Just one fifth (20%) of contactless card owners have ever used their cards to make a contactless payment, according to YouGov’s Mobile Wallet study. Only 5% of those owners use their cards for contactless transactions more than once a week.

Barclaycard, which alongside parent brand Barclays has the highest share of the contactless market, with 71% of all NFC payment cards, will look to increase awareness of the technology by launching a series of integrated marketing campaigns to educate consumers about its benefits as a cash replacement.

Tom Gregory, Barclaycard’s head of digital payments, says: “We have seen a doubling in contactless transactions in the last year but it’s nowhere near where we’d like to be. Awareness is the key metric we need to drive this year and we want to continue to lead and drive the [entire contactless] market.”

He adds that despite Barclays having the stronghold of the contactless market, the brand is not “big enough” to change consumer purchasing behaviour alone and that retailers, credit and debit card brands, mobile manufacturers, operators and Google must align together as an industry to promote the technology.

McDonald’s is the most recognised contactless payment retailer, but only a minority (8%) of the British population know that consumers can use NFC technology to wave and pay for products at its restaurants, according to the YouGov study.

The fast food outlet will soon be expanding its in-store contactless communications programme to feature a strip on its tills to promote the fact that consumers can swipe their NFC-enabled cards to pay more conveniently.

Waitrose is thought to be rolling out contactless terminals across all its stores by the end of the year in a bid to speed up transaction times.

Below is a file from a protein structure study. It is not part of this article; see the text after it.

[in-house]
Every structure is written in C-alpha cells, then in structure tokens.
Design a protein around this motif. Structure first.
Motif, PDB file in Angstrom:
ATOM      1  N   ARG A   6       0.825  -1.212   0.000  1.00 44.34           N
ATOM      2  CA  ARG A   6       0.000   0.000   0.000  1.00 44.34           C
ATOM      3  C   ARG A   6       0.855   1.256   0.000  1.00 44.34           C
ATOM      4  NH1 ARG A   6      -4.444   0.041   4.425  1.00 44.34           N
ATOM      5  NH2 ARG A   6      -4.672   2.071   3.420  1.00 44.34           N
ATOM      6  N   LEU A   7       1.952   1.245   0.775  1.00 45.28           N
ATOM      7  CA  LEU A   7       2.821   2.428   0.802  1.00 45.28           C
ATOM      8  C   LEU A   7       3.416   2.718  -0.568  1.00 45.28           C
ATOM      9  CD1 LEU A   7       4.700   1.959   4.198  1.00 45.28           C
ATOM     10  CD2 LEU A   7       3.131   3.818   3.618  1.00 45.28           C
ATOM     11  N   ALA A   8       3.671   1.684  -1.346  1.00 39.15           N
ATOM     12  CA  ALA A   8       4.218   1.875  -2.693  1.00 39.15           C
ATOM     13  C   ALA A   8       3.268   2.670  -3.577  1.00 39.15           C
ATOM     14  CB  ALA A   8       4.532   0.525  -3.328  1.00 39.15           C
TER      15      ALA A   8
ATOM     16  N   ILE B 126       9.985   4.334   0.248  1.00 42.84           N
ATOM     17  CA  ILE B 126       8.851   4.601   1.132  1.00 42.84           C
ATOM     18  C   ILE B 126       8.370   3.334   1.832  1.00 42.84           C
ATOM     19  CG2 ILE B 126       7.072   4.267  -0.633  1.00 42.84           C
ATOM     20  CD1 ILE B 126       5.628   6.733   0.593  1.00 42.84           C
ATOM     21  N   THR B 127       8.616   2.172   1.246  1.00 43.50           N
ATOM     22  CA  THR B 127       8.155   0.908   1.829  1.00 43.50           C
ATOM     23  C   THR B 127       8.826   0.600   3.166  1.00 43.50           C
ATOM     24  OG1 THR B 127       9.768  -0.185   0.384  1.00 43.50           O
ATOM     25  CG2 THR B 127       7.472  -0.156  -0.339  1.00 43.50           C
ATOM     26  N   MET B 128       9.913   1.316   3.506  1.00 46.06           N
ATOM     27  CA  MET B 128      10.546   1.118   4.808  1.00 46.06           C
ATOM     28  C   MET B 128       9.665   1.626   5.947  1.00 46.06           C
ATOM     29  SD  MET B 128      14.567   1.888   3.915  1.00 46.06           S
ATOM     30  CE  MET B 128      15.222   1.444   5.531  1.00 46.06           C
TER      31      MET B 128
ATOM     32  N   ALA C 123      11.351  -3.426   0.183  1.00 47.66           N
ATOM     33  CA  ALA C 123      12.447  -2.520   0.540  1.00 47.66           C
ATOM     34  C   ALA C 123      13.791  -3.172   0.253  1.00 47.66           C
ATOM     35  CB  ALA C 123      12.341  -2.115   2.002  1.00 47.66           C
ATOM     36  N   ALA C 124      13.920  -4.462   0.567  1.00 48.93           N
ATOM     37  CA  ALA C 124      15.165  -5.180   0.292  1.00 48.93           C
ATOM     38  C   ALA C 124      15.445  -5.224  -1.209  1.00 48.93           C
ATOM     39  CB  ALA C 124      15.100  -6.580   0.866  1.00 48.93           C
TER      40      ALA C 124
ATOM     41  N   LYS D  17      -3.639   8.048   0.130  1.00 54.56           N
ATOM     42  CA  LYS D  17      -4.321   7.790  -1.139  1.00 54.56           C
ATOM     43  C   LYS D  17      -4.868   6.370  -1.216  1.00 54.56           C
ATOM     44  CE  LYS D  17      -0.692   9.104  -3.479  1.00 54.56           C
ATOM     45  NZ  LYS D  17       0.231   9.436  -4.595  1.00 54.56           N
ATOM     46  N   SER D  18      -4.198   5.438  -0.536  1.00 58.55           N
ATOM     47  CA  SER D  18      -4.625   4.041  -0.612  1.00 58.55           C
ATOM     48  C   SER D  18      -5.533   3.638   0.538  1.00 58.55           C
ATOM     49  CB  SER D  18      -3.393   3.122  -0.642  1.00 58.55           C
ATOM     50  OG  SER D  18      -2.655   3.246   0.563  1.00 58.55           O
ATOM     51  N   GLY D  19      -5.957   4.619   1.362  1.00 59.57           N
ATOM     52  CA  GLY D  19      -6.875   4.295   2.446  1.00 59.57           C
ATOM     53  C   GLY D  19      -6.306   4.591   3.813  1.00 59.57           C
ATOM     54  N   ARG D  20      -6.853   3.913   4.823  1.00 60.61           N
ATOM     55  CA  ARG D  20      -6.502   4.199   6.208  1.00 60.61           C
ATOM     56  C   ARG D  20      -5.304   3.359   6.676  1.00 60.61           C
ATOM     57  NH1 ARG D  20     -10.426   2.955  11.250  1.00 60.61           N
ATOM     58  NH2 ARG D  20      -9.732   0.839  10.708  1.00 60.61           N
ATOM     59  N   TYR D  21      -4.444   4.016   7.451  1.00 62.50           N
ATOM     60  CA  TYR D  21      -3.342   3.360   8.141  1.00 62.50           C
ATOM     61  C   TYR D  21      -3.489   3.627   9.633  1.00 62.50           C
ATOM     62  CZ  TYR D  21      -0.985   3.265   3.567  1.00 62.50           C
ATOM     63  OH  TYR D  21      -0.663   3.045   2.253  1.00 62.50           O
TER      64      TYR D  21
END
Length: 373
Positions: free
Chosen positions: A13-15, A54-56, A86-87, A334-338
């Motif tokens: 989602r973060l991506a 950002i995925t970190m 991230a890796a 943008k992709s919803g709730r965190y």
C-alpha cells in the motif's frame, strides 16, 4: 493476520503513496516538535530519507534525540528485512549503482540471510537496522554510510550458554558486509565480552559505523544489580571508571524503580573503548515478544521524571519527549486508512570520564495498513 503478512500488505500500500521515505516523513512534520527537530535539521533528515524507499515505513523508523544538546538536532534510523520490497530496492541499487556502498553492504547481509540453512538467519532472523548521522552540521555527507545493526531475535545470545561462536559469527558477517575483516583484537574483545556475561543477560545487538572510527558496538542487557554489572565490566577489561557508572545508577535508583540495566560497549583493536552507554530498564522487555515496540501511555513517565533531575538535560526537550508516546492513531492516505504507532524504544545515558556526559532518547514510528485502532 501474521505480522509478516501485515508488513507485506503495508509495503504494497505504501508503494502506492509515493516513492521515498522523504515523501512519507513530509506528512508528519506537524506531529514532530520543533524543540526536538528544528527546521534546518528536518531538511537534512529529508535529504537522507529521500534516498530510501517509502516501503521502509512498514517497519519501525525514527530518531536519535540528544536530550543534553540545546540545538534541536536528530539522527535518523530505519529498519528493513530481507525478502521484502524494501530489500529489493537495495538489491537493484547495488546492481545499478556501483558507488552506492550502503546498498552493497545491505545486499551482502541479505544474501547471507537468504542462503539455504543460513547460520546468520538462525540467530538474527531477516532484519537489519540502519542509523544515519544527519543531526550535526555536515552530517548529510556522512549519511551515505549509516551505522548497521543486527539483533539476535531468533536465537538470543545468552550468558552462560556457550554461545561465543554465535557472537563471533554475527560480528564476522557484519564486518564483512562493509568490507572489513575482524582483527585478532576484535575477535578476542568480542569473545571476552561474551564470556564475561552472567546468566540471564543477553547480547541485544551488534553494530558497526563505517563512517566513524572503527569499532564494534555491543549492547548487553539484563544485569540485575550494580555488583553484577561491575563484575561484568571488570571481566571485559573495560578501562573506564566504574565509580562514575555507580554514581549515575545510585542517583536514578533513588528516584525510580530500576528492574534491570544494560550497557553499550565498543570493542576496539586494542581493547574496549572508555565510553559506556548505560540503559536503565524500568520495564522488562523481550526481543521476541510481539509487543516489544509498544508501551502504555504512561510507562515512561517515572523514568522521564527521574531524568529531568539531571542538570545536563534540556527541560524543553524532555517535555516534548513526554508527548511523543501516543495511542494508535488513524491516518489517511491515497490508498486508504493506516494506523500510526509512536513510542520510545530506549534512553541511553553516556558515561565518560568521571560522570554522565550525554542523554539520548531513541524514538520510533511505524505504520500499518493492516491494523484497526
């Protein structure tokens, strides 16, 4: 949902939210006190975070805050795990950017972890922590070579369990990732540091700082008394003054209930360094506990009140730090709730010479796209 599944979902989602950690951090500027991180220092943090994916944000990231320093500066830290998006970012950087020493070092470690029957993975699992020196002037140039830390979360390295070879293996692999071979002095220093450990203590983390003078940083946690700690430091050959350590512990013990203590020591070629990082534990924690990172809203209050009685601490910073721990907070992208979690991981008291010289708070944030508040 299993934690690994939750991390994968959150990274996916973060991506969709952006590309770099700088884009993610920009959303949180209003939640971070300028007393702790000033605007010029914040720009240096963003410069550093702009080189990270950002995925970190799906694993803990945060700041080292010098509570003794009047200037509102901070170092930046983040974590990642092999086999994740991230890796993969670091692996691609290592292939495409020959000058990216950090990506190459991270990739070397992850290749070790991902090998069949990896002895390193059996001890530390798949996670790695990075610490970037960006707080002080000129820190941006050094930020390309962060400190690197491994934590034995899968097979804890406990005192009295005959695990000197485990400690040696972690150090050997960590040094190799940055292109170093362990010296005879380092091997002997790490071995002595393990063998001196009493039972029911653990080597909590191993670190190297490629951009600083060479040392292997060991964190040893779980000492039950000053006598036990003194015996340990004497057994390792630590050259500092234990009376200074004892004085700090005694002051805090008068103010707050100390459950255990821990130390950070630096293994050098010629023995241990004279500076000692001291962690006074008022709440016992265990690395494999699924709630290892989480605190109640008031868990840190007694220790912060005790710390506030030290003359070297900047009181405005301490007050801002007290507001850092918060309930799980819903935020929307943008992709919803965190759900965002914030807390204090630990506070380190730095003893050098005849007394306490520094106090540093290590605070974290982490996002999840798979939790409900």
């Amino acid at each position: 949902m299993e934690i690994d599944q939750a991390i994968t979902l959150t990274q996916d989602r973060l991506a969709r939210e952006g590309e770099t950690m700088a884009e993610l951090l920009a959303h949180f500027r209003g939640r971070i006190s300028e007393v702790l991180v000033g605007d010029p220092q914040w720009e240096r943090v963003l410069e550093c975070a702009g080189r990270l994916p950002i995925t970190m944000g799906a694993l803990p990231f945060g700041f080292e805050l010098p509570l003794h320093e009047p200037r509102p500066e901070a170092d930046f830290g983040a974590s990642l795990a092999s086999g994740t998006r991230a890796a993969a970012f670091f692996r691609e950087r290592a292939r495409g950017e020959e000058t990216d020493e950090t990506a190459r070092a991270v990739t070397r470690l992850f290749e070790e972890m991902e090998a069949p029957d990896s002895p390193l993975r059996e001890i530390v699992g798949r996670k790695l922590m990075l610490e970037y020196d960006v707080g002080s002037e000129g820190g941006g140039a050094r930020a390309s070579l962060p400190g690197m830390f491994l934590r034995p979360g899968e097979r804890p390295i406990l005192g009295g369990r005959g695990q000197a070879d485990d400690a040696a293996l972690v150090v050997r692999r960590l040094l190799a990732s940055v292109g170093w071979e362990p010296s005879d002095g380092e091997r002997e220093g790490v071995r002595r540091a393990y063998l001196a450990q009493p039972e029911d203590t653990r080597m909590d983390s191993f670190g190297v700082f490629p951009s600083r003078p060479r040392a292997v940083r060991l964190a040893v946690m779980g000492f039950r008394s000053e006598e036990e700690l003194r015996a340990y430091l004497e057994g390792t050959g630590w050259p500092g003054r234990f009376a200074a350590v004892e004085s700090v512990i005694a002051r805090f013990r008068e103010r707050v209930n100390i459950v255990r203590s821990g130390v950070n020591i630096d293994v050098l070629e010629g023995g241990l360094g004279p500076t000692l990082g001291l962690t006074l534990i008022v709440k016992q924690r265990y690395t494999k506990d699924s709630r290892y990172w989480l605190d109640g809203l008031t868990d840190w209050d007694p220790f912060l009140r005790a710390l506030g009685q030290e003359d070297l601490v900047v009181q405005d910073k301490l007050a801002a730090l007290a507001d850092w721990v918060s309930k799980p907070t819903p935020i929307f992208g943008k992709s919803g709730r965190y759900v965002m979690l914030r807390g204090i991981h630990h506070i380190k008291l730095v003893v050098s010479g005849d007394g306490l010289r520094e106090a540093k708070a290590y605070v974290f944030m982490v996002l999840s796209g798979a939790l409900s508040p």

BlackBerry is also readying a range of consumer education campaigns about contactless payment in the coming months after predicting that 2012 will be the “year of NFC”.

For financial services brands such as Barclaycard, an increase in use of contactless could increase transaction revenue, while retailers want to boost service by reducing waiting times.

The contactless industry is in line for a major boost around the London 2012 Olympics, which has been predicted by a number of brands and commentators to be the “first contactless Olympics”.

Official sponsors Visa and Lloyds TSB are partnering to launch an “Olympics phone” with in-built contactless technology as part of the strategy to encourage consumers to swipe and pay for items around the Olympic site rather than use cash.

Transport for London also set out a strategy last year to implement contactless credit and debit card payment facilities across the entire bus, Tube, Docklands Light Railway, tram and Overground network by the end of 2012.

Deloitte’s predictions for NFC

200 million contactless credit and debit cards to be in circulation by 2015
300 million NFC smartphones, tablets and e-readers sold by 2013
700 million people to be using mobile money services in emerging markets by 2015